Even though we weren’t around thousands of years ago to know for sure how ancient humans were getting along with their lives, we surely can consider ourselves privileged to explore the aftermath. Over 400 footprints made in wet volcanic mudflow during times from 5,000 and 19,000 years ago are coming to provide us a good idea of how those humans were living.
The location for the new findings is Engare Sero from south of Tanzania’s Lake Natron. Kevin Hatala led the research, as he’s an assistant professor of biology from the Chatham University. He spoke about the importance of the discovery by saying:
“Given the rarity and value of this variety of fossil evidence, part of what makes our discovery exciting is its magnitude, with over 400 footprints preserved on the same volcanic ash surface,”
“However, we have also been able to learn some really interesting things from these direct windows to the behavior of the group that walked across the footprint surface.”
It is known that large numbers of women rarely move in a group, and they are unaccompanied by children, except when foraging for food. But the make-up of the ancient group and the analysis of the footprints led the research team to theorize that the group of women was doing just that: foraging for food.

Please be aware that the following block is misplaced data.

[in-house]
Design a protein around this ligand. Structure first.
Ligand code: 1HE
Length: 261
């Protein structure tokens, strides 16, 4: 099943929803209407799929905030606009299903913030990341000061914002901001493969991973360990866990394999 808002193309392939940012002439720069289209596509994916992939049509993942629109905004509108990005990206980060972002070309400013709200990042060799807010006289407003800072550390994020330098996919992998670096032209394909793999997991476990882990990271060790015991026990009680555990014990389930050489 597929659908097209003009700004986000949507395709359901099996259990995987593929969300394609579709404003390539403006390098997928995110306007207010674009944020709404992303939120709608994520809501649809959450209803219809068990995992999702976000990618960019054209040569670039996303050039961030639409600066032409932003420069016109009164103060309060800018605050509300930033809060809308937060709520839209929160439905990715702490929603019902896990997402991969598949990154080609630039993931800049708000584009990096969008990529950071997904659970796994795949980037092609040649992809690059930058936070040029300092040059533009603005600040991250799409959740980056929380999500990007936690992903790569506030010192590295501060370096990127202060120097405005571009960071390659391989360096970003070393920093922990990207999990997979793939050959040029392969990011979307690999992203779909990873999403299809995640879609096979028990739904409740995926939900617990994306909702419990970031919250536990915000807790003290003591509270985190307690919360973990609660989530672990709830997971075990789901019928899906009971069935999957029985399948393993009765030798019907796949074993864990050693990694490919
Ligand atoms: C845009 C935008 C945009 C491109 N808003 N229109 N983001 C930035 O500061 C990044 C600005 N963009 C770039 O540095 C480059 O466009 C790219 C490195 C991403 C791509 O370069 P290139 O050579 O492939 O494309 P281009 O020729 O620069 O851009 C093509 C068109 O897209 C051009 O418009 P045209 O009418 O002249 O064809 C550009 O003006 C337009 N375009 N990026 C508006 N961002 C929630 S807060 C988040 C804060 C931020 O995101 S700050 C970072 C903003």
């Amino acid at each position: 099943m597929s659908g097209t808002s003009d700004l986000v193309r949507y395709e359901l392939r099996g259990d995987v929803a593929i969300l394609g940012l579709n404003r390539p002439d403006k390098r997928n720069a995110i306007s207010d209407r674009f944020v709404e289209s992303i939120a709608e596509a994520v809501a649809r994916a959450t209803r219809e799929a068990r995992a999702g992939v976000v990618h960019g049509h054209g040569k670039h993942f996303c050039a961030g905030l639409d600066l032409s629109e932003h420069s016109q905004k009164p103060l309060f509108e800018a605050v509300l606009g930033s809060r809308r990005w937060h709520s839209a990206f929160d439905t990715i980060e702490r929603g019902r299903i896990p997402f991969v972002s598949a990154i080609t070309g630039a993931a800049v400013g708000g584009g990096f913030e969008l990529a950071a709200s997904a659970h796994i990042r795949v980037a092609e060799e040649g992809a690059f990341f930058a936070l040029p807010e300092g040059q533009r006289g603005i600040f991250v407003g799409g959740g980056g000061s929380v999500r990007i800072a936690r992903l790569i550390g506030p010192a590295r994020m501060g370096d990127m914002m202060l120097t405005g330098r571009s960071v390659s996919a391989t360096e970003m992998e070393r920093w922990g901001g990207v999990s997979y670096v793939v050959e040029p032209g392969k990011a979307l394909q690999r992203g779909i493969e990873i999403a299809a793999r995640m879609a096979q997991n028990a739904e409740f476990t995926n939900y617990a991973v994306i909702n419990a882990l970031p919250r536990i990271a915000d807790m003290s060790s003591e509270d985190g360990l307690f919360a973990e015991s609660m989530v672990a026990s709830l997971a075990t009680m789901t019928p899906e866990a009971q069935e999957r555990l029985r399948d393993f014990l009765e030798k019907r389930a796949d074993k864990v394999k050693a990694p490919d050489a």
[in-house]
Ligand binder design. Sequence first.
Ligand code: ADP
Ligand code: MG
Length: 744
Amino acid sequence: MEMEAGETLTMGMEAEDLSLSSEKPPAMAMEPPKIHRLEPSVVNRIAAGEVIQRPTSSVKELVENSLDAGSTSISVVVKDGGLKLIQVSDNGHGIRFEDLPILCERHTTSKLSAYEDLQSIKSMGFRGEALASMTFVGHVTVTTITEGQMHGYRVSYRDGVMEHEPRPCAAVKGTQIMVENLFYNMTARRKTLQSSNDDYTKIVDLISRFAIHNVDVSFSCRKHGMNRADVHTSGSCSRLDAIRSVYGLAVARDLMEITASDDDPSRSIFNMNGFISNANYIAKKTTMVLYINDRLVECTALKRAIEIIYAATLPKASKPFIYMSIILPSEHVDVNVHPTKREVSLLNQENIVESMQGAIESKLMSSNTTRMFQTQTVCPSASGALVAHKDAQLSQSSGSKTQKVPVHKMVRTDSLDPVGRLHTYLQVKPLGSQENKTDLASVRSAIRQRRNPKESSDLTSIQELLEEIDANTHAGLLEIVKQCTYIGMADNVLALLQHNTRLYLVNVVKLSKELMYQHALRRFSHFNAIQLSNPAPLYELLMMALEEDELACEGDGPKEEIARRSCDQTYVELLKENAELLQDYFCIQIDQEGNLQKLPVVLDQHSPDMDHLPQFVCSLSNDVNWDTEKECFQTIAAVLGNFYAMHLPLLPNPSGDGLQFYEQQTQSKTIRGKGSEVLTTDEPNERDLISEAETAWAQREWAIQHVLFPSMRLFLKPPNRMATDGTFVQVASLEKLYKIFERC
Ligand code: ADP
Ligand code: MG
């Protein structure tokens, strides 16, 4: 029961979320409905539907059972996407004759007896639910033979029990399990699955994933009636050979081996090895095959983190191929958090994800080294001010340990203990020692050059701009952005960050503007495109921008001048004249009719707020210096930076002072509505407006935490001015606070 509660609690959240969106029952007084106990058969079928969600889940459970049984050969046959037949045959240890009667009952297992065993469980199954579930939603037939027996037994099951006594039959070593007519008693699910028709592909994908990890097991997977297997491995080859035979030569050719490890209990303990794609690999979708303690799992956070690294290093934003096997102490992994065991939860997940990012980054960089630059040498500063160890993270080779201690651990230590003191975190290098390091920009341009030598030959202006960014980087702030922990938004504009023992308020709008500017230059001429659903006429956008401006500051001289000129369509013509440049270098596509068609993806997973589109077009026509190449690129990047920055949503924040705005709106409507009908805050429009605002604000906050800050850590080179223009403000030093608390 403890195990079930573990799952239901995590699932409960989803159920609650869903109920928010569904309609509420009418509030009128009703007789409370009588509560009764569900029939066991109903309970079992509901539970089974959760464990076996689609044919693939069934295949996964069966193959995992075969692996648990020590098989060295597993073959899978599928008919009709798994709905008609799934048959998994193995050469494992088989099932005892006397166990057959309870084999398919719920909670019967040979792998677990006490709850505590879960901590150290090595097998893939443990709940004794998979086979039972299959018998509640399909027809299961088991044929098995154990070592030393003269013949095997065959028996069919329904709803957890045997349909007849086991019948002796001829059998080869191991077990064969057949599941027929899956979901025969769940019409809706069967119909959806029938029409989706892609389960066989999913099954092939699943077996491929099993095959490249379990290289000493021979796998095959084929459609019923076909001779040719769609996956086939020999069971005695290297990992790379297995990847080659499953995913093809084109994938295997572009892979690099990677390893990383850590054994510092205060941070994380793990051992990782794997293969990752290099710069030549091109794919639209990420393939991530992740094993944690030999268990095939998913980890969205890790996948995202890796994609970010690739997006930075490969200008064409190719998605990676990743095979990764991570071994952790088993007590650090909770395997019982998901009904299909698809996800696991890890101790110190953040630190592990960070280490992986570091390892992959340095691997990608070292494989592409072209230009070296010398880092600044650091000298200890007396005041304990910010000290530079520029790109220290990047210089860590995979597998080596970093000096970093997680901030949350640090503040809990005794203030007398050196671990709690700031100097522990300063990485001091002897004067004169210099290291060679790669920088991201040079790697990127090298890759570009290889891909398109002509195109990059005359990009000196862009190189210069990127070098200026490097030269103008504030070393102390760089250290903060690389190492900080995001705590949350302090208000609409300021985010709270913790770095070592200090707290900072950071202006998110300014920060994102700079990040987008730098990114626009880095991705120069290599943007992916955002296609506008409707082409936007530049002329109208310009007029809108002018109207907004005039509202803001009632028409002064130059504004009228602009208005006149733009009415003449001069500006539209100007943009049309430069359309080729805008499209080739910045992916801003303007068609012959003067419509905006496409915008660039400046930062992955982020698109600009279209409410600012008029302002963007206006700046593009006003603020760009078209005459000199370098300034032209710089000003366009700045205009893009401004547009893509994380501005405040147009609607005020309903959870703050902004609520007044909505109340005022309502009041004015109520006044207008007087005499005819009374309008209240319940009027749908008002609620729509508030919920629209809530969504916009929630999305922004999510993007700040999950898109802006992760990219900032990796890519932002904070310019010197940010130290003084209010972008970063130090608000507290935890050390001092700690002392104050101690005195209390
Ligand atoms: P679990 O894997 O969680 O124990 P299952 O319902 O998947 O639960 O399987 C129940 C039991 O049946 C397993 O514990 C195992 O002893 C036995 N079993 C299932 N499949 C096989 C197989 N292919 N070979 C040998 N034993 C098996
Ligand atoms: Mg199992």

Tanzania, officially the United Republic of Tanzania, is a country in East Africa within the African Great Lakes region. It has borders with Uganda to the north, with Kenya to the northeast, with Comoro Islands and the Indian Ocean to the east, with Mozambique and Malawi to the south, with Zambia to the southwest, and with and Rwanda, Burundi, and the Democratic Republic of Congo to the west. Tanzania also hosts Africa’s highest mountain: Kilimanjaro.
However, Hatala admits that their hypothesis is only a theory. This means that further investigations are needed.